Commercials, Politics, and Experiential Marketing at Super Bowl LI

Posted by Samantha Stallard on February 6, 2017
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As an Atlanta native, I'm still emotionally recovering from the greatest comeback in Super Bowl history and would much rather steer the conversation toward how brands like Airbnb, Audi, and Budweiser performed last night than hear anyone utter the words "Tom Brady" in my presence. 

We've seen the advertising tides change in the last decade - especially the emphasis previously placed on the value of television. It seems the rules don't apply when it comes to Super Bowl ads, as brands spend upwards of $5 million for 30 seconds of air time. However, these commercials can't exist as a stand alone marketing tactic anymore - the most memorable and ROI-producing ads have digital and experiential components as well.

Experiential marketing allows companies to transform what consumers saw before those awful Patriots cheered with their trophy into direct interaction experiences. Here are some brands who capitalized on the partnership:


This is the epitome of an experience in advertising. Snickers much-anticipated live commercial, the first one of its kind, was filmed during the first commercial break of the third quarter. Featuring Adam Driver, the ad was hyped with TV spots featuring a cardboard cutout of Driver auditioning with a dead cowboy and a horse, but not much was given away.

While the spot was meant to be comical and off-the-wall, it opened with Driver missing his mark and stumbling to find his footing. Snickers, recognizing an opportunity, kept up with its hunger mishap messaging Monday, offering a fumbling filmed apology from Driver and a promotion tied to Sunday night's live commercial.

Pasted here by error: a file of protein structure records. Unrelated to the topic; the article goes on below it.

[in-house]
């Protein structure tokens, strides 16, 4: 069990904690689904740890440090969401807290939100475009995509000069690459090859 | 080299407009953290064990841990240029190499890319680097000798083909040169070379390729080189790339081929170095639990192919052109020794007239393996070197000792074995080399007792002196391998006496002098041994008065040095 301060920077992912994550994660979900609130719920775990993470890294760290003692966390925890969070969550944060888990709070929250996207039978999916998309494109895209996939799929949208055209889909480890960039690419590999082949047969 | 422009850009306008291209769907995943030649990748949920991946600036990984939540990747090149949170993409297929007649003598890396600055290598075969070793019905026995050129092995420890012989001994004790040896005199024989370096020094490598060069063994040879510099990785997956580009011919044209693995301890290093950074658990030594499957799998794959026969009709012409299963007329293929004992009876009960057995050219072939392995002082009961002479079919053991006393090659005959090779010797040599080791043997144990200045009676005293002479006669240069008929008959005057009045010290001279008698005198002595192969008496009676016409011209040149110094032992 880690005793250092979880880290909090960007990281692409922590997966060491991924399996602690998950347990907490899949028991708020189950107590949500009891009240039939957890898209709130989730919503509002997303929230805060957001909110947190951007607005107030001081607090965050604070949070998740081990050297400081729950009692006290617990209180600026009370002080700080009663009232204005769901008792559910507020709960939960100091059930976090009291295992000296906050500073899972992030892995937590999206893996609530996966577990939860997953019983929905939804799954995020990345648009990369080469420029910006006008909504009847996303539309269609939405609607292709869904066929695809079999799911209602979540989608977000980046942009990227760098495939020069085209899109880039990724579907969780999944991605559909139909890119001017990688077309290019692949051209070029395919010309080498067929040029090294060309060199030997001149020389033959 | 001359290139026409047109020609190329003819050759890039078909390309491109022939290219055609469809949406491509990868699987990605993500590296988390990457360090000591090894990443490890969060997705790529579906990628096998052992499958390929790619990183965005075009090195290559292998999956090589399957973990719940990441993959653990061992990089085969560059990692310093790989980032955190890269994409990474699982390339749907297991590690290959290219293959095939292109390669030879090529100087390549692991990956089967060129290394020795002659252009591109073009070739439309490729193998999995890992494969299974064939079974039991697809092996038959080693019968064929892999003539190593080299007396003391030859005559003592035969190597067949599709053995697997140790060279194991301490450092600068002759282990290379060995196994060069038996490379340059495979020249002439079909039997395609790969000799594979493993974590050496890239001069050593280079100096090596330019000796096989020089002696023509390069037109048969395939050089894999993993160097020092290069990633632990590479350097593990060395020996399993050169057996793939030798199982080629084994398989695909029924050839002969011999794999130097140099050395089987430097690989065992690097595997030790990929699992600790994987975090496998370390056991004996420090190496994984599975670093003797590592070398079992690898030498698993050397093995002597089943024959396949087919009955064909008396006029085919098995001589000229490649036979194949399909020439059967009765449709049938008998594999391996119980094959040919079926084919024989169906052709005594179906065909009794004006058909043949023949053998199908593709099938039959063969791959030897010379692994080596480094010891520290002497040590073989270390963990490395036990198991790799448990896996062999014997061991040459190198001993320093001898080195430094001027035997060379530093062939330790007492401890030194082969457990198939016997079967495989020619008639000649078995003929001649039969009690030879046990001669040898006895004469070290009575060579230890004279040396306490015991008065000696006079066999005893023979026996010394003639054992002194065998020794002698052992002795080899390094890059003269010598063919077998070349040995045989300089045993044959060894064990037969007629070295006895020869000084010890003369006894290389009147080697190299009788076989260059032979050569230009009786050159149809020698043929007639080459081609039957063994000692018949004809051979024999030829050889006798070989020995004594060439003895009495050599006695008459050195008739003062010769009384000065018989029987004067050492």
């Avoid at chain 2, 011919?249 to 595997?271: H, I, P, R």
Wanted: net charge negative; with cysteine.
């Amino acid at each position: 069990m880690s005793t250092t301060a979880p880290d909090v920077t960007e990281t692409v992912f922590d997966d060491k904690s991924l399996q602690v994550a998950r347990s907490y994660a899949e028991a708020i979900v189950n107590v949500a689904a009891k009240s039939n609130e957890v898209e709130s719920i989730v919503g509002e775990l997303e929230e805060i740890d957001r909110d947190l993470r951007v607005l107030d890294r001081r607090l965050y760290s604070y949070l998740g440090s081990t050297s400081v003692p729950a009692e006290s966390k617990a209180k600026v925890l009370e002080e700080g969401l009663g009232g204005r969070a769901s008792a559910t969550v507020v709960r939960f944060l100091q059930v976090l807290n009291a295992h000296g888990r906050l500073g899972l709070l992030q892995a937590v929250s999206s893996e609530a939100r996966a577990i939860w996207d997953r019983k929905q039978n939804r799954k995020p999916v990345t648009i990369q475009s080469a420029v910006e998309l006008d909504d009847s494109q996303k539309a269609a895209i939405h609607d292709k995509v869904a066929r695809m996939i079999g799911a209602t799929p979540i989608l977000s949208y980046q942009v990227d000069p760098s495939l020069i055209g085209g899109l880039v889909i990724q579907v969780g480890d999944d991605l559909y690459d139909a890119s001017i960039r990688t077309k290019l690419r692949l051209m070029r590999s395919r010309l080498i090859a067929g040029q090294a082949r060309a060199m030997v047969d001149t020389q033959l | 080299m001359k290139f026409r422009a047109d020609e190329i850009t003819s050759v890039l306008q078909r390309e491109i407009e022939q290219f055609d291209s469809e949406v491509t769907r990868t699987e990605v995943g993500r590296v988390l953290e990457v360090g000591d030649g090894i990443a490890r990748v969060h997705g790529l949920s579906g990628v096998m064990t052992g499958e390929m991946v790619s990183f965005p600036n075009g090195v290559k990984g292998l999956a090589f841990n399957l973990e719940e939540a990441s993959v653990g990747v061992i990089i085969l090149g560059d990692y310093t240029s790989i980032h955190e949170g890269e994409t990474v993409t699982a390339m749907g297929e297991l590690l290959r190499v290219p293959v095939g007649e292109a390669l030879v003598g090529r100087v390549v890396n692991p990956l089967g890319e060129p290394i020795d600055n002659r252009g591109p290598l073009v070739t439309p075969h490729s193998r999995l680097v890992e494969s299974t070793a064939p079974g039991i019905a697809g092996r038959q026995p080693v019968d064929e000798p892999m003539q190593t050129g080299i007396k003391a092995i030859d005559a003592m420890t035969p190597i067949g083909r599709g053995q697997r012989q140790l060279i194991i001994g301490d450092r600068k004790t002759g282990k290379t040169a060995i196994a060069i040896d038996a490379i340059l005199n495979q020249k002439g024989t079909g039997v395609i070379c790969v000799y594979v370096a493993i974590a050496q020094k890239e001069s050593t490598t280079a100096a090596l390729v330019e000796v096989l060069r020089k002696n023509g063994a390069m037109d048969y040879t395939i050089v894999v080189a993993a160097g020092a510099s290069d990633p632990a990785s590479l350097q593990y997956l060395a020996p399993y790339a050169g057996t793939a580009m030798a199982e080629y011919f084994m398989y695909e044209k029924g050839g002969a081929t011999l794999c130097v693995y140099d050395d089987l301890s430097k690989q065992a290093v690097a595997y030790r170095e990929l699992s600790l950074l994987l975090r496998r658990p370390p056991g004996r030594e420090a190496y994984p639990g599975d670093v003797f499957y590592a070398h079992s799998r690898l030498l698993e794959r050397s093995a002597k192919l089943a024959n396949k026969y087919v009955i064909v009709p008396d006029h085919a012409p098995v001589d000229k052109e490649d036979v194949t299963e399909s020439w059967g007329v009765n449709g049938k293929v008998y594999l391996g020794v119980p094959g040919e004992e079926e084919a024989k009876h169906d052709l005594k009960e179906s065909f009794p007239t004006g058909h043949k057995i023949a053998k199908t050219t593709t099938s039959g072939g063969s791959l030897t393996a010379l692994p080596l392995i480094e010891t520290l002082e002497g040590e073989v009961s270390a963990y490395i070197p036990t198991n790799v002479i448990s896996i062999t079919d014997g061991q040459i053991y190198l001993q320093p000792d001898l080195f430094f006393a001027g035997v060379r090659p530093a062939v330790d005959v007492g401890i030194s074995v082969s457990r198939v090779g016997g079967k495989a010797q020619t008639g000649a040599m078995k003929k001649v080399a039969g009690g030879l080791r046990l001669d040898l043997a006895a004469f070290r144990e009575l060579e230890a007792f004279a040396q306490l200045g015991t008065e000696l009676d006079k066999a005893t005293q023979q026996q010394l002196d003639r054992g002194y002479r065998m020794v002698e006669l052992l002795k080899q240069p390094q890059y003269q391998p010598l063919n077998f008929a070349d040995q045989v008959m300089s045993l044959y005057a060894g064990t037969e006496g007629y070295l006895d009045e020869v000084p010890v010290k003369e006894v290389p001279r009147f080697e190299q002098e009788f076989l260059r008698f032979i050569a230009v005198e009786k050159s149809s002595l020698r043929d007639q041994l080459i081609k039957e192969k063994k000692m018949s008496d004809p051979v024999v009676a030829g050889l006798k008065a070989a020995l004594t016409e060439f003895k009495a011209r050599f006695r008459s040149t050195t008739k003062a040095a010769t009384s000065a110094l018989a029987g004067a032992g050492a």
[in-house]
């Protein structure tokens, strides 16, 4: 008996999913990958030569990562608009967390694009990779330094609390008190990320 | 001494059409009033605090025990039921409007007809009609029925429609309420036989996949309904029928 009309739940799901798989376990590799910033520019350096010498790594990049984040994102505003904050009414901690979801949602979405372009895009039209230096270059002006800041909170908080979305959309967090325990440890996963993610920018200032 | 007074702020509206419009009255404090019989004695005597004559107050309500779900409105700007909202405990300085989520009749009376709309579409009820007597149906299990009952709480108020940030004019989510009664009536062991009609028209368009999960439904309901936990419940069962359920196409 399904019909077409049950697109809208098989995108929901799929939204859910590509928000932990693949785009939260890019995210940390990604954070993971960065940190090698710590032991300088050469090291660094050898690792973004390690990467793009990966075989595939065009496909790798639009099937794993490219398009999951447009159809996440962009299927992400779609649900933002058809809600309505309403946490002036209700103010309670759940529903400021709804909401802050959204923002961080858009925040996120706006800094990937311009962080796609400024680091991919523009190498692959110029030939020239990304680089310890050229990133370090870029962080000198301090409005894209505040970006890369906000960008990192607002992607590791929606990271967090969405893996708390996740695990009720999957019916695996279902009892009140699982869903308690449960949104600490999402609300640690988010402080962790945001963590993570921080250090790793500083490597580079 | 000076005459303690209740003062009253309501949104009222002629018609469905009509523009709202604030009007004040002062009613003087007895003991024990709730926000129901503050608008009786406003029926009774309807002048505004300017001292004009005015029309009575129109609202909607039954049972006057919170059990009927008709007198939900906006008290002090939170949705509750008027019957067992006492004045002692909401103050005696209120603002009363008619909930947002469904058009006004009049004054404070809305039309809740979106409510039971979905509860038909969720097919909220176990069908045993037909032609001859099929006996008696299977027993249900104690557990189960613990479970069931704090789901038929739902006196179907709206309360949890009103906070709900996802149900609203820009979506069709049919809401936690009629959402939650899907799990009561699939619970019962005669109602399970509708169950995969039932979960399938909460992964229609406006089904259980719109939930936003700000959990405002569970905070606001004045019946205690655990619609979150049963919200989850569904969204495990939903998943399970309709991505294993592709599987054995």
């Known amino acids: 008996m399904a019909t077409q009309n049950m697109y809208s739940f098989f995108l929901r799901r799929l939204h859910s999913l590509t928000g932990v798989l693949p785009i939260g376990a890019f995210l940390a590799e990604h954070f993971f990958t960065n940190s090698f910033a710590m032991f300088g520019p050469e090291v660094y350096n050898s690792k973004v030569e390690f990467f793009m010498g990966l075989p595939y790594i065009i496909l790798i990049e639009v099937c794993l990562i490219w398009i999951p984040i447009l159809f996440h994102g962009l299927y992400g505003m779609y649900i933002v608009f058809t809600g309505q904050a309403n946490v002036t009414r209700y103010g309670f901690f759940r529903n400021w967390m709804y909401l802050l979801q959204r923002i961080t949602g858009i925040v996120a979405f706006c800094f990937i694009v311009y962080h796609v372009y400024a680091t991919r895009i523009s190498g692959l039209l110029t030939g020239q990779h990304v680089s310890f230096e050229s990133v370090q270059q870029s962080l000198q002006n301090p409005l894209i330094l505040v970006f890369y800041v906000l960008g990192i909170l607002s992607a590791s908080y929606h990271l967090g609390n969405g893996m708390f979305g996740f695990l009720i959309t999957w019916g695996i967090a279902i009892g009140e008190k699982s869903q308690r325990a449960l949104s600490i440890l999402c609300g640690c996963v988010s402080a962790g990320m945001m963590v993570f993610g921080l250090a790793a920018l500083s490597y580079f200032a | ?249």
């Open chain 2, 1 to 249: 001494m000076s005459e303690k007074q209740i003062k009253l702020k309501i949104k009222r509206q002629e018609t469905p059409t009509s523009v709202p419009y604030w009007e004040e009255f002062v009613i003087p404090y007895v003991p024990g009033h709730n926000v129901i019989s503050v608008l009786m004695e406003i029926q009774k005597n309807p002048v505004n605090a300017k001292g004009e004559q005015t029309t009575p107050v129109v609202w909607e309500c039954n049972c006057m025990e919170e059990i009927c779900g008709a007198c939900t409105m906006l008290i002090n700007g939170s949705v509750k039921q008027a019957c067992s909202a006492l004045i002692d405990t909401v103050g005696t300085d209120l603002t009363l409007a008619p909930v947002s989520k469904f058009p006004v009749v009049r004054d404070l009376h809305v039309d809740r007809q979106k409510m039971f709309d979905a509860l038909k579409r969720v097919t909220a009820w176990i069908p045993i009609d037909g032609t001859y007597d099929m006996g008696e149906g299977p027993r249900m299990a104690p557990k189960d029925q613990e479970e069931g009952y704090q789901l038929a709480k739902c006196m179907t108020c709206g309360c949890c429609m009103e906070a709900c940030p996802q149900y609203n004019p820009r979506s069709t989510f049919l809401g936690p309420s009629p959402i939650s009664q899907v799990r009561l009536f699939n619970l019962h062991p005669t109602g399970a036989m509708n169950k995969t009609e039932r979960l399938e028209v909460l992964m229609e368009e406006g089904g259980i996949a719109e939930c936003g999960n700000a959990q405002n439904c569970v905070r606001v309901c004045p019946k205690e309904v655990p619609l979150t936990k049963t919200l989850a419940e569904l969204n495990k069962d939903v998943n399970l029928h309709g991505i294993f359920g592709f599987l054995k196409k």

Video courtesy: SnickersBrand YouTube channel


Pepsi kicked off Super Bowl weekend with a party to unveil its new premium bottled water, LIFEWTR. Tickets for the event sold out in less than one minute online, no surprise considering DJ Khaled kicked off the night and Bruno Mars headlined.

Continuing the music integration into their commercial, John Legend recorded a special version of his hit “Love Me Now” as a rainstorm transforms an entire city into one giant work of art. The director, Robert Stromberg, who has won Oscars for his work on Avatar and Alice in Wonderland, based the artistic ad on the water’s label, which showcases the work of up-and-coming artists.  

Video courtesy: LIFEWTR YouTube channel

84 Lumber

The Pennsylvania-based building material supplier earned off-air buzz after they were forced to change their plans for a commercial that Fox deemed "too controversial." The original, featuring a Spanish-speaking mother and daughter confronting a border wall between the United States and Mexico, comes amid a national immigration debate after President Trump issued an executive order banning immigrants from seven majority-Muslim countries - and a federal judge issuing a restraining order on the ban.

84 Lumber aired an edited version during the live broadcast and uploaded the full, 6-minute commercial to their site - causing the website to crash. Viewers took to social media, commenting on the message and the politics behind it, as #84lumber trended on Twitter during halftime. 

 Video courtesy: 84 Lumber YouTube channel


Justin Bieber, Rob Gronkowski and Terrell Owens starred in T-Mobile's Super Bowl commercial giving a little history behind touchdown celebrations. The ad, titled #UnlimitedMoves, is more about it's social inclusion than a dance-off. Bieber tweeted his followers, letting them know that he wants to check out their moves, so starting today, post your touchdown celebration to social media with the hashtag #UnlimitedMoves, and Bieber will retweet his favorites. 

  Video courtesy: T-Mobile YouTube channel


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Topics: news, experiential marketing, super bowl

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